Foods that stain your teeth

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It can be embarrassing to look in the mirror and see less-than-white pearly whites smiling back at you. Sparkling white teeth can make you feel confident and self-assured, while yellowed teeth can leave you wanting to shyly hide your smile. There are many things that can cause your smile to look a little more creamy yellow than white, from genetics (some people just get lucky, you know?) to lifestyle behaviors — such as skipping a few too many brushings or flossings, smoking or chewing tobacco, or even eating certain foods. Many of the foods that commonly cause staining contain “little bits of acid called tannins,” Monicah Johnson, the head dental hygienist at Chicago’s Downtown Dental, tells us. Those tannins cling to teeth and can yellow your teeth over time, especially if you eat or drink these foods regularly or indulge in excess.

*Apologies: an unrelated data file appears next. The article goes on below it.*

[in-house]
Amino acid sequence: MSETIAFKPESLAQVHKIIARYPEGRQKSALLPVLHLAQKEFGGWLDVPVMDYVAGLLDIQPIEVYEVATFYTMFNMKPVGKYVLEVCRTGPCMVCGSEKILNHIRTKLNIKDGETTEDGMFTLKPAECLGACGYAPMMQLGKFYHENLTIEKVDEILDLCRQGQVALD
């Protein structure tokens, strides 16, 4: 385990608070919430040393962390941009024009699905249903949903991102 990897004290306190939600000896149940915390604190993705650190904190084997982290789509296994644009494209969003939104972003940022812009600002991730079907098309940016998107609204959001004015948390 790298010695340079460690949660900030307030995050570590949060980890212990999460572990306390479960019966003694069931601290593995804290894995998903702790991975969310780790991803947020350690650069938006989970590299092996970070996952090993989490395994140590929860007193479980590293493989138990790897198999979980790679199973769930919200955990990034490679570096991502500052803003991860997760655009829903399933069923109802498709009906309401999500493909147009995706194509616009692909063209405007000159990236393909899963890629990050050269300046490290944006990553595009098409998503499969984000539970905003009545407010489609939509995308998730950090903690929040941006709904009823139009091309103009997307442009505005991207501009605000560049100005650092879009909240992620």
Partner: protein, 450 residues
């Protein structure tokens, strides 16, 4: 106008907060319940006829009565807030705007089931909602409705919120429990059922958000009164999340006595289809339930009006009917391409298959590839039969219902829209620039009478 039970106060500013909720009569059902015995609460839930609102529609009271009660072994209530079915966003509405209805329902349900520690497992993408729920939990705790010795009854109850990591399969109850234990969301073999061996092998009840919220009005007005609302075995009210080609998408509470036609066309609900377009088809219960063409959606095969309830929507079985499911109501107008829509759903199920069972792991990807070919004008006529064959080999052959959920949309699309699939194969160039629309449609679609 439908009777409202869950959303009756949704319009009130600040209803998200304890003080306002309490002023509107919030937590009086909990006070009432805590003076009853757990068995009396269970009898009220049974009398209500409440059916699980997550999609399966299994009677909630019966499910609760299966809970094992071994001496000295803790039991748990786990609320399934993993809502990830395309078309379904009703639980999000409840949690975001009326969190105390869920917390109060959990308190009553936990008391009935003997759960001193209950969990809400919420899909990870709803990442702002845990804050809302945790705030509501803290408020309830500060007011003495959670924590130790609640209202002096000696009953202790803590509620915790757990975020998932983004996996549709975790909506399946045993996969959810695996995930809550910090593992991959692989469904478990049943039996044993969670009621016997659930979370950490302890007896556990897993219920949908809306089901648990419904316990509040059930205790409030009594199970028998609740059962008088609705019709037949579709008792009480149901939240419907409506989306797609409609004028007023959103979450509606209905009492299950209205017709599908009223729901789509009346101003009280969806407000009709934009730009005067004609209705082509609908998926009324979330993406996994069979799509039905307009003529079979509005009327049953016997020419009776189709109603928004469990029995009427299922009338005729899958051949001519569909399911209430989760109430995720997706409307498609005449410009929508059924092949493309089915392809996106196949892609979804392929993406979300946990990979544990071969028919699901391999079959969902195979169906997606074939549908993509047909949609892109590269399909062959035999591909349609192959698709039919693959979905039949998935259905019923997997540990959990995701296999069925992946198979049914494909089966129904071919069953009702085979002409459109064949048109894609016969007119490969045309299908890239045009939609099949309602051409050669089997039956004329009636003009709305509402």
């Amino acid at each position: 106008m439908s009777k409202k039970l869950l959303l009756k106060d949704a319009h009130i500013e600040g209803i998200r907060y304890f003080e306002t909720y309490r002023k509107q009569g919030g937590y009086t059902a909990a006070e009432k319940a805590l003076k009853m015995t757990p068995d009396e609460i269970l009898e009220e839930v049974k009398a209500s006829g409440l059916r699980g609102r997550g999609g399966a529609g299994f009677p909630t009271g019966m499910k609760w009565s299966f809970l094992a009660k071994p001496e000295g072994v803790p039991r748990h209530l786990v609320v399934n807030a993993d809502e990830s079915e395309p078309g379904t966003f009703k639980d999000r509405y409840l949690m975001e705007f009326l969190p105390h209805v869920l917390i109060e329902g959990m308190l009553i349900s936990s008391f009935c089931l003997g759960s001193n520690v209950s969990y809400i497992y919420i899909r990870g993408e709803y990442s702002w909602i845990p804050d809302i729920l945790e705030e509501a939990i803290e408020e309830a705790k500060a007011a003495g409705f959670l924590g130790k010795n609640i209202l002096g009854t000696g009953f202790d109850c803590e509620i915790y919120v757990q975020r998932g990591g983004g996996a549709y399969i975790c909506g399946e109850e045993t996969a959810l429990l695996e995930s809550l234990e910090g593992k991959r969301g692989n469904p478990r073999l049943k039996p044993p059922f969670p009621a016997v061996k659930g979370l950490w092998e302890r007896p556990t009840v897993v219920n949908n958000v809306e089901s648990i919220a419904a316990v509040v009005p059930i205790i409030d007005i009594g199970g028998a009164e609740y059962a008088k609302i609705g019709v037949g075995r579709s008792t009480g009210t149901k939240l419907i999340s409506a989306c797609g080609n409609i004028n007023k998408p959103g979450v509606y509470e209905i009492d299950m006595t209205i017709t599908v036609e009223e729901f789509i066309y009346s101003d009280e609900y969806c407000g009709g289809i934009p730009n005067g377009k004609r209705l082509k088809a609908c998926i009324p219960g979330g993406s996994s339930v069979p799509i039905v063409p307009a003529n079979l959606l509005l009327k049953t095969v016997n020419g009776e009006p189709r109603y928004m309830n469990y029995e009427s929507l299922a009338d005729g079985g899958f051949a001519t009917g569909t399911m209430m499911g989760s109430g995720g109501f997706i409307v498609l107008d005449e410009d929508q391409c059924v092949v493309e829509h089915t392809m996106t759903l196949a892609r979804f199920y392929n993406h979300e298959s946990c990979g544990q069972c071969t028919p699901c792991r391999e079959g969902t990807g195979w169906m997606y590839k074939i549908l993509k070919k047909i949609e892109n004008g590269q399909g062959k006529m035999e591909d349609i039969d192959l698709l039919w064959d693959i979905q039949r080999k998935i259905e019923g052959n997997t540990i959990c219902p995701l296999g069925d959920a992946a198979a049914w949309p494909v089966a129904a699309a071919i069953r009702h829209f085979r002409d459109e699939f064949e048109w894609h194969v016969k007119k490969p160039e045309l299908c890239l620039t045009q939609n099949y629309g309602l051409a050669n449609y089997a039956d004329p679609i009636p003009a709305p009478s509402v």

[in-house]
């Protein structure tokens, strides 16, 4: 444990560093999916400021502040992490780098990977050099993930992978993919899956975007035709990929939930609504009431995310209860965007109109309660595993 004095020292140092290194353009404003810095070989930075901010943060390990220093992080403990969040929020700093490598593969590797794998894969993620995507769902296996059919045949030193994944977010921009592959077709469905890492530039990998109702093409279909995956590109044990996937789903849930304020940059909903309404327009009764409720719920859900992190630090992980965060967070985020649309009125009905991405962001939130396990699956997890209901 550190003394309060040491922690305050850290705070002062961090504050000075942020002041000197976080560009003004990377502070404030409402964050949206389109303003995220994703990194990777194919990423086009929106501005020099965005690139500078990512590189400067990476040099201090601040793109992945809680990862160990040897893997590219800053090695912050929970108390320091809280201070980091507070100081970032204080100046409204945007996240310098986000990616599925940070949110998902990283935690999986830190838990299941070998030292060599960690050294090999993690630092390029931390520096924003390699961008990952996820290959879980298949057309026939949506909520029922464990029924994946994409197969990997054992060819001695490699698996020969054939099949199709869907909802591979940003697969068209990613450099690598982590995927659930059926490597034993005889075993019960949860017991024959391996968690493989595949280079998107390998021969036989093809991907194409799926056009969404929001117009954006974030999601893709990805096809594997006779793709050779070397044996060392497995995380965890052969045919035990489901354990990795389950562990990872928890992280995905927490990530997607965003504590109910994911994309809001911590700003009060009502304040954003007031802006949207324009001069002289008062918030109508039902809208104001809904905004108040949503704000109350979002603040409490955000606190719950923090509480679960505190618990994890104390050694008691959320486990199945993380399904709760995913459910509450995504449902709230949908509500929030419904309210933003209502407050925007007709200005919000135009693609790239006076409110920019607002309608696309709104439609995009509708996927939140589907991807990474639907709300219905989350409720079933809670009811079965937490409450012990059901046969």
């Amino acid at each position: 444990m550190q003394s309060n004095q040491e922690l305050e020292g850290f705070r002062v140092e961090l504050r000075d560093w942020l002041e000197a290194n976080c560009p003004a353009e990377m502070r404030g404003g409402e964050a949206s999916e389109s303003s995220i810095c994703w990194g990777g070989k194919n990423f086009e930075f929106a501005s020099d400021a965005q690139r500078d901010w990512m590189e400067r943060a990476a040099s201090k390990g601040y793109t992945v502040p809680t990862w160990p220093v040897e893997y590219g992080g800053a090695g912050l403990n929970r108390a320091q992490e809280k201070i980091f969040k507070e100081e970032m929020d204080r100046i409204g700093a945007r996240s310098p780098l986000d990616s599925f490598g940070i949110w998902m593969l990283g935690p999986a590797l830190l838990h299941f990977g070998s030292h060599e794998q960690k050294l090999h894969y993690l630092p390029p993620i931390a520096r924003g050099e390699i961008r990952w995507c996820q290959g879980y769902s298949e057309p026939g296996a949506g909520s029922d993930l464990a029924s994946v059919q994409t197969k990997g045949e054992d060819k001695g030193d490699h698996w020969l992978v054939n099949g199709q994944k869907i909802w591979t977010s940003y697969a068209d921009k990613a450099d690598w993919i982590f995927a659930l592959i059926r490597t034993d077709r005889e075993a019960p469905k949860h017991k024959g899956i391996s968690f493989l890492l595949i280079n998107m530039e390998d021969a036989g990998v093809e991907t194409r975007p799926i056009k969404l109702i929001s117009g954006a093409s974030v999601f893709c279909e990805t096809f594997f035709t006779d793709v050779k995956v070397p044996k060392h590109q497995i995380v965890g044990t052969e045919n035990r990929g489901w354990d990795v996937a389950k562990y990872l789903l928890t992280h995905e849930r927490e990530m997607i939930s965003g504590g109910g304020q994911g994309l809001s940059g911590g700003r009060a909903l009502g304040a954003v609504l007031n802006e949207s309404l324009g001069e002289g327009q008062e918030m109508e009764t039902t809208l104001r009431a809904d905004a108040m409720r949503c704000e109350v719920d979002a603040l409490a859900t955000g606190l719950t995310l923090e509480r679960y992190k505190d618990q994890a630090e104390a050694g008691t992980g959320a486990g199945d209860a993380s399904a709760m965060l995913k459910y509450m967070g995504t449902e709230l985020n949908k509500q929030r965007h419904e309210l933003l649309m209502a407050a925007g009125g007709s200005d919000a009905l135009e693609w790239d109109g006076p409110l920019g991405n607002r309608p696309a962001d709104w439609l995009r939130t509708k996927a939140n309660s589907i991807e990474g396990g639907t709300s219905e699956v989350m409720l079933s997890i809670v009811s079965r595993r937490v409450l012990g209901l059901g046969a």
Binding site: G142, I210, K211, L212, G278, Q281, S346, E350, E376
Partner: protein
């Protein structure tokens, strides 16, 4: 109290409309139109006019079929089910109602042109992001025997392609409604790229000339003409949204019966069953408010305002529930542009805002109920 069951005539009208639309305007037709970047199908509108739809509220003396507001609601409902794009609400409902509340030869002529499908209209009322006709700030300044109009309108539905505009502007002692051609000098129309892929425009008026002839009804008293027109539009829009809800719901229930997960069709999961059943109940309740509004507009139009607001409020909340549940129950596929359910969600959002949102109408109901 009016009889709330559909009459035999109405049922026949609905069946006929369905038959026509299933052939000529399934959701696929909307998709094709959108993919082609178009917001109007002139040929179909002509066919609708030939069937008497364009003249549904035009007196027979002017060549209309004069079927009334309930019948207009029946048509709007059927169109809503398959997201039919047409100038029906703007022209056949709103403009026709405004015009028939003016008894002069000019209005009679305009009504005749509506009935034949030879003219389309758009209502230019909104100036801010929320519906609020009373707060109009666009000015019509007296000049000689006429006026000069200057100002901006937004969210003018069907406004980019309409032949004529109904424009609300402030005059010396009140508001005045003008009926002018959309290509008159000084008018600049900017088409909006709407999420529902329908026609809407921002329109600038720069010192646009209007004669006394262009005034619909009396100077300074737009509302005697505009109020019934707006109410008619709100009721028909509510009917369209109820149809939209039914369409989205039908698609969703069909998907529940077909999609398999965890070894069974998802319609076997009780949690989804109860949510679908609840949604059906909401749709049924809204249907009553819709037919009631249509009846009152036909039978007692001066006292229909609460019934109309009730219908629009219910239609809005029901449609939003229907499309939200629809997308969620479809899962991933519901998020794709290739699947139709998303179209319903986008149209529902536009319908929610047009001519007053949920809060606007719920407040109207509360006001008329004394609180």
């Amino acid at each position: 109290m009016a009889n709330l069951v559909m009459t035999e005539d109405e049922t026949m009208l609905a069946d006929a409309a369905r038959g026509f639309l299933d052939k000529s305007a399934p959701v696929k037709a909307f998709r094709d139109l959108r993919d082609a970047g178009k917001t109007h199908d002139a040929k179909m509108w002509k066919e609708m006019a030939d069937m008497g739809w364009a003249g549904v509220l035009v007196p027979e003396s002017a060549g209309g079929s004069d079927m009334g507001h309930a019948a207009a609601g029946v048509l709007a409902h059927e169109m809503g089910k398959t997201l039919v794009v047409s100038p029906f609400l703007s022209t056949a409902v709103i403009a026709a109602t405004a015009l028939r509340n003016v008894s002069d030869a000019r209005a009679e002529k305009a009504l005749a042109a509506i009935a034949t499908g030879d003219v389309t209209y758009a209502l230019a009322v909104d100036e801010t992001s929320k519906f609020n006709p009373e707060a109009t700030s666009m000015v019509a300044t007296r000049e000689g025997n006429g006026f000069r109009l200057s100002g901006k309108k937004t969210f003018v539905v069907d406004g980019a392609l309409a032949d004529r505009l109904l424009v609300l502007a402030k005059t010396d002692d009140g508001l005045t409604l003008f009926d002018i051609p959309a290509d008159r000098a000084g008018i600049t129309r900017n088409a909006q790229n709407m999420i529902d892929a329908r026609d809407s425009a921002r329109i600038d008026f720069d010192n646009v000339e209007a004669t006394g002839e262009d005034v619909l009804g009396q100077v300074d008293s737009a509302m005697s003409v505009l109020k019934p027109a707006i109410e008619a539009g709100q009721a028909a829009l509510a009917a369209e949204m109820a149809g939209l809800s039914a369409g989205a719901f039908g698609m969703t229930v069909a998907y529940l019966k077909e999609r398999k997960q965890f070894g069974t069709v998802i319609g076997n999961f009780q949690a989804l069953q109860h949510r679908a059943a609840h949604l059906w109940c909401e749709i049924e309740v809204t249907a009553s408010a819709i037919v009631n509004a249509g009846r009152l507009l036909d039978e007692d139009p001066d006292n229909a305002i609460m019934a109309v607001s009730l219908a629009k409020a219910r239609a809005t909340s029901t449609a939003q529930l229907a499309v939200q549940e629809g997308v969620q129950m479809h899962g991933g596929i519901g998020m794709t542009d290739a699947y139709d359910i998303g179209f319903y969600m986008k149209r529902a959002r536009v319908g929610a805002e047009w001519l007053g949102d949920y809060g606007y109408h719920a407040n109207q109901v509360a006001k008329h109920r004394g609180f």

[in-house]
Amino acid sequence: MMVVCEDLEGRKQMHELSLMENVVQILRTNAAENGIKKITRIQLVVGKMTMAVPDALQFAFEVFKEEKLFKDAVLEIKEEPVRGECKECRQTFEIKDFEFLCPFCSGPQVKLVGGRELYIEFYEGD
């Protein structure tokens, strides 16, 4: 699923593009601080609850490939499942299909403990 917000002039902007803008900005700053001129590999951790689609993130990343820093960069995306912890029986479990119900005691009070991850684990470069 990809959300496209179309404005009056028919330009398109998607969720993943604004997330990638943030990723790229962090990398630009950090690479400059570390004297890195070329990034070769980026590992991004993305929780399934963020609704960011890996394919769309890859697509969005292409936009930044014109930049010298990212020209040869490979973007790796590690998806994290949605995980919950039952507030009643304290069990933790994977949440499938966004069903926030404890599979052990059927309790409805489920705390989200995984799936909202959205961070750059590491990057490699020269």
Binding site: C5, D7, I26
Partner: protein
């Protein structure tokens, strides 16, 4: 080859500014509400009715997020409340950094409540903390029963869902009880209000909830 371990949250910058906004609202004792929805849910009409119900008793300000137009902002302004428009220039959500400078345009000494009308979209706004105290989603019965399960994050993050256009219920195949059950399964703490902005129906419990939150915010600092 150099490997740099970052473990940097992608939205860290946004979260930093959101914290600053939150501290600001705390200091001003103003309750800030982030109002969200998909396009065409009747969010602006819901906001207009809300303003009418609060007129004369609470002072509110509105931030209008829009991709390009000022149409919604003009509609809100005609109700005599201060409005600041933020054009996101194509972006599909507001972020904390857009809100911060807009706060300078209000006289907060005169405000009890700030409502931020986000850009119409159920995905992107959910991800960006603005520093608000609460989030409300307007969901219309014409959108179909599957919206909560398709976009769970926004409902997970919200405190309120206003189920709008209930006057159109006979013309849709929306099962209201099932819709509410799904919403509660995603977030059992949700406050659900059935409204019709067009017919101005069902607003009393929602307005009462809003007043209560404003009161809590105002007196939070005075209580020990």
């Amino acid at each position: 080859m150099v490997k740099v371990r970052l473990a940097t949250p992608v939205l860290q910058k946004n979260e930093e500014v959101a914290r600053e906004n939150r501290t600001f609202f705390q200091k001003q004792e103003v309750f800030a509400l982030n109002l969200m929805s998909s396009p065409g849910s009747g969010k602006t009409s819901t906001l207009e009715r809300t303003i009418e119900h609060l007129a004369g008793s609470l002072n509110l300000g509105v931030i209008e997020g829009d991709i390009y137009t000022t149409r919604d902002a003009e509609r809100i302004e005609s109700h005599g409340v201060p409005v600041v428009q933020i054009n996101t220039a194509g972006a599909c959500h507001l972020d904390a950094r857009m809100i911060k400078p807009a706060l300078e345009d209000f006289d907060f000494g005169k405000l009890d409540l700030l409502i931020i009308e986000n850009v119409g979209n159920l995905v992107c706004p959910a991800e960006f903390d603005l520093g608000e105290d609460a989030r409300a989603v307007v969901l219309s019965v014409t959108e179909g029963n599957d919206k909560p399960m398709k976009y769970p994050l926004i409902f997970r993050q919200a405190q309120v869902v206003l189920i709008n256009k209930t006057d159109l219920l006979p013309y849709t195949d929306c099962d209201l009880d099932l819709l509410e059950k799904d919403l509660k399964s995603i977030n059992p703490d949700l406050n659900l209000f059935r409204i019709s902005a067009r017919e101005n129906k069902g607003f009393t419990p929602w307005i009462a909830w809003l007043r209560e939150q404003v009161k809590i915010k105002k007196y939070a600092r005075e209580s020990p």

While rinsing those acids off of your teeth soon after eating or drinking an offending food product can help keep some of the worst of the potential staining at bay, continuing to include those items in your diet will likely eventually cause your teeth to stain. Eliminating them entirely is the only surefire way to prevent stains. That’s the bad news. Maybe even worse? Teeth that have a yellow, brown or otherwise off-color hue can make you look much older than you are. Not great. But knowing which foods may be dulling your smile — and how you can keep those embarrassing stains to a minimum — is the key to keeping your teeth (and smile) beautiful.

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